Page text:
We've talked about when to use LinkedIn to connect with colleagues, as well as what to do when your boss wants to friend you on Facebook — but we haven't talked about how to use LinkedIn to hunt for a new job while actively employed. So I think this is an excellent question! I'll be 100 percent honest here: Whenever I get a little LinkedIn activity notification that someone has updated their experience, I wonder whether they're starting to look around for a new job. I suppose it's a bit like wearing a suit — if you never, ever wear a suit to the office and then one day, you do, everyone starts to wonder whether you've had an interview that day. But if you're savvy about your LinkedIn usage, though, you can get around that.
Check your privacy settings
I think there are two phases to using LinkedIn to change careers. The first phase is the research phase, when you want to discreetly look at other people's profiles, see what connections you might have, and join a lot of new groups in your target industry to get an idea for the conversations happening within the industry. click your name on top right --> "Settings" --> Privacy. You can turn off your activity broadcasts, limit who can see your activity feed, and more. The other thing to consider is Groups — you can change which joined groups are visible on your profile page by going to Settings --> Groups --> "Groups Order and Display" --> Member Setting.) You may want to ask a friend who's privy to your job-hunting plans to make sure that these settings have worked and that, say, joining a group did not result in her getting an activity notification email.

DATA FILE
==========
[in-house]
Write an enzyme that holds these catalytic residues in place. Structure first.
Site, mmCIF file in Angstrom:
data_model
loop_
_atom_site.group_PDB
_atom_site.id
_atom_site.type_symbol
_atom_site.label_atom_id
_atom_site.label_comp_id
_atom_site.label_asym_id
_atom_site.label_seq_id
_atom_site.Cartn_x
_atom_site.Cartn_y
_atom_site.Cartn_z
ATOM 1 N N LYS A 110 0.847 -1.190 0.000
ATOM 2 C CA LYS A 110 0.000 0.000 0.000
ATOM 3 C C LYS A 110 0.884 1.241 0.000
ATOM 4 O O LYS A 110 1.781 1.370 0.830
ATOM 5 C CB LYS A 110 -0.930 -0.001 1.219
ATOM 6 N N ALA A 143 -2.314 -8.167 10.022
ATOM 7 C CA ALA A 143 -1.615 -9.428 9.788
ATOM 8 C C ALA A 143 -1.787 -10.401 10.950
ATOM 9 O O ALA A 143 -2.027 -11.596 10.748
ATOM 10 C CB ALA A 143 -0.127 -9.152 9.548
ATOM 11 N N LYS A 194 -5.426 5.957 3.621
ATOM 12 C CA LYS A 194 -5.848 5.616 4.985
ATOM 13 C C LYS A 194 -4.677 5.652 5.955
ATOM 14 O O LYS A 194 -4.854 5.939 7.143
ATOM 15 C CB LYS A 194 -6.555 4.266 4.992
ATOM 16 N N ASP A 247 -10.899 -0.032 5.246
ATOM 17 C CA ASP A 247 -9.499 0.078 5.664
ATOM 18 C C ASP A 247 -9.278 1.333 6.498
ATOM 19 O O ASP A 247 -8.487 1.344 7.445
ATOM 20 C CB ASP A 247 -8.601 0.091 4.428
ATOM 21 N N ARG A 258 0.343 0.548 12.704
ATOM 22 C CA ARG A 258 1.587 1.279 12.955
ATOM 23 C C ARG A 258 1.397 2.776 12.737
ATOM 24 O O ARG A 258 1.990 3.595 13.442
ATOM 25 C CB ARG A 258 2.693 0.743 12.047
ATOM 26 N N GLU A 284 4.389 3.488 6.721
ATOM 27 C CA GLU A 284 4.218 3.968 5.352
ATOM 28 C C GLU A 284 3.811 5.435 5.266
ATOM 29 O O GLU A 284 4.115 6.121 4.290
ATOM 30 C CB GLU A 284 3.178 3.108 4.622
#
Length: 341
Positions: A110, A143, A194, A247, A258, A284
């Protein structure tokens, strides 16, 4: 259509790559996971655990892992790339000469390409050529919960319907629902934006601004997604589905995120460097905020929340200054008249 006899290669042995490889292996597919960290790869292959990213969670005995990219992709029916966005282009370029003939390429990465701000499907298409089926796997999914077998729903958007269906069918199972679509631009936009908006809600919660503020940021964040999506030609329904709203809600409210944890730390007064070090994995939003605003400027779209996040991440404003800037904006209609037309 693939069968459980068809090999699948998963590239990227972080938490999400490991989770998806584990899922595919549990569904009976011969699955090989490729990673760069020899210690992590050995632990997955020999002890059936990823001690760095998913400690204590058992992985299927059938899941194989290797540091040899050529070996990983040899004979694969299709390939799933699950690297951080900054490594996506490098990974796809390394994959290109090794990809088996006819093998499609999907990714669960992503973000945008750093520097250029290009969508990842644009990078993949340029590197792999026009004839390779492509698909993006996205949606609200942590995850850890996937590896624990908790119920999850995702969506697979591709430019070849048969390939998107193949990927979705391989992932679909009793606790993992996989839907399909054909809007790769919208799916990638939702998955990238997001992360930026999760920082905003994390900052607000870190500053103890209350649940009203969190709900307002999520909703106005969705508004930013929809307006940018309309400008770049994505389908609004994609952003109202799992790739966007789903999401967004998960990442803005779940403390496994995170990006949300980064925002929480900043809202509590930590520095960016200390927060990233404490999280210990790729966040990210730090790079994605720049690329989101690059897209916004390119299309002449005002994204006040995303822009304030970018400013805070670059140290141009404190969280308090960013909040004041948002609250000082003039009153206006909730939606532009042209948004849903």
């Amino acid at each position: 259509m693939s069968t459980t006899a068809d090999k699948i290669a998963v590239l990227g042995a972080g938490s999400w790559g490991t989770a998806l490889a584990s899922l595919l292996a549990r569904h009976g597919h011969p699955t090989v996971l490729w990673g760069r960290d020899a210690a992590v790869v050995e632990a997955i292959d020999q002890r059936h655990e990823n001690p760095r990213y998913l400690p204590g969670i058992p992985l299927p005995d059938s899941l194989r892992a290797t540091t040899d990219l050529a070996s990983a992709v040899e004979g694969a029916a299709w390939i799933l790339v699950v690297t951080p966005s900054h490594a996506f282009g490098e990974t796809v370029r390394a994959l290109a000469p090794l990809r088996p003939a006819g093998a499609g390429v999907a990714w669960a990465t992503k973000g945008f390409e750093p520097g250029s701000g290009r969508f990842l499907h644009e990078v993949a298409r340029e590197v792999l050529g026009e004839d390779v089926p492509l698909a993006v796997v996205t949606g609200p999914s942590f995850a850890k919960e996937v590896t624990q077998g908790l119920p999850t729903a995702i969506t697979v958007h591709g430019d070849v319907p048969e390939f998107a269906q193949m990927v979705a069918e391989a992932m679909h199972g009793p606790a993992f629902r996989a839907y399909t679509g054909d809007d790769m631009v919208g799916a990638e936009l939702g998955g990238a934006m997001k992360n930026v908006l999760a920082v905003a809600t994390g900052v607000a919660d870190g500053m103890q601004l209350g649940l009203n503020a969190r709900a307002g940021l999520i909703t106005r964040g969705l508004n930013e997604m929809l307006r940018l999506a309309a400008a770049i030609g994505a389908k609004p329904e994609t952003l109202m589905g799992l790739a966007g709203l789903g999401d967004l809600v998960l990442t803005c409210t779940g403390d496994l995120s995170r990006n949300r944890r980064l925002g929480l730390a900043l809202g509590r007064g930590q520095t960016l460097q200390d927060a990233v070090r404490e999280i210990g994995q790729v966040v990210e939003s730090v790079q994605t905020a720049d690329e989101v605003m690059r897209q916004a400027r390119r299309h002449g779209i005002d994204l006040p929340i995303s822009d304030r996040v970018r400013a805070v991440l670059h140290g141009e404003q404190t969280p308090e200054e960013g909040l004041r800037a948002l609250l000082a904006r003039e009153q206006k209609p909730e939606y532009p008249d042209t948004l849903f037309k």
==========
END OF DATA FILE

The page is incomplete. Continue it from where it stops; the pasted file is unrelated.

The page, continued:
I would recommend using the research phase to a) figure out which skills you need to acquire in order to transition, as well as which skills you should highlight when you update your own resume, and b) figure out who you may know who you can talk to offline. Look for people who are in your ideal career, as well as people who have transitioned out of your current career and how they did it -- even if they've transitioned to a different career, they may have some great tips for ways to distill your insurance-specific skills and experiences into a more general resume. You can do a lot of networking.
Build up your profile
The second phase is the "I'm actively applying to jobs and expect people to check out my LinkedIn profile" phase. If you're already working with a recruiter he or she may be able to tell you when you enter this phase — in some industries, as soon as you submit a resume, people will be looking at your online footprint, whereas other industries it will be only when you've reached the "strong candidate" stage. I think you have two ways to go here: The first is to build up your LinkedIn profile so it resembles the resume you're shopping around — focus on your general skills, decrease your insurance-specific experience, showcase all of the new-career-specific groups you've joined, and so forth. The second option is to DECREASE your online footprint — just have the companies and years on there, and hide some of the insurance-specific groups that you've joined. Your LinkedIn profile won't really be working for you — but it won't hurt you either by making you seem like a diehard insurance fan.
I do think there's a third phase as well, which is what most people seem to address when talking about how to use LinkedIn for job hunting — commenting on various groups so you're thought of as an expert, having a very built-out LinkedIn profile so recruiters can find you, even changing your headline to something like "Experienced insurance manager looking to transition to X." I think a lot of this advice is better suited for people who have been laid off, or are hunting for a new job out of school — but if you're actively employed it can be a little hard to make those changes without making it obvious that you've got one foot out the door.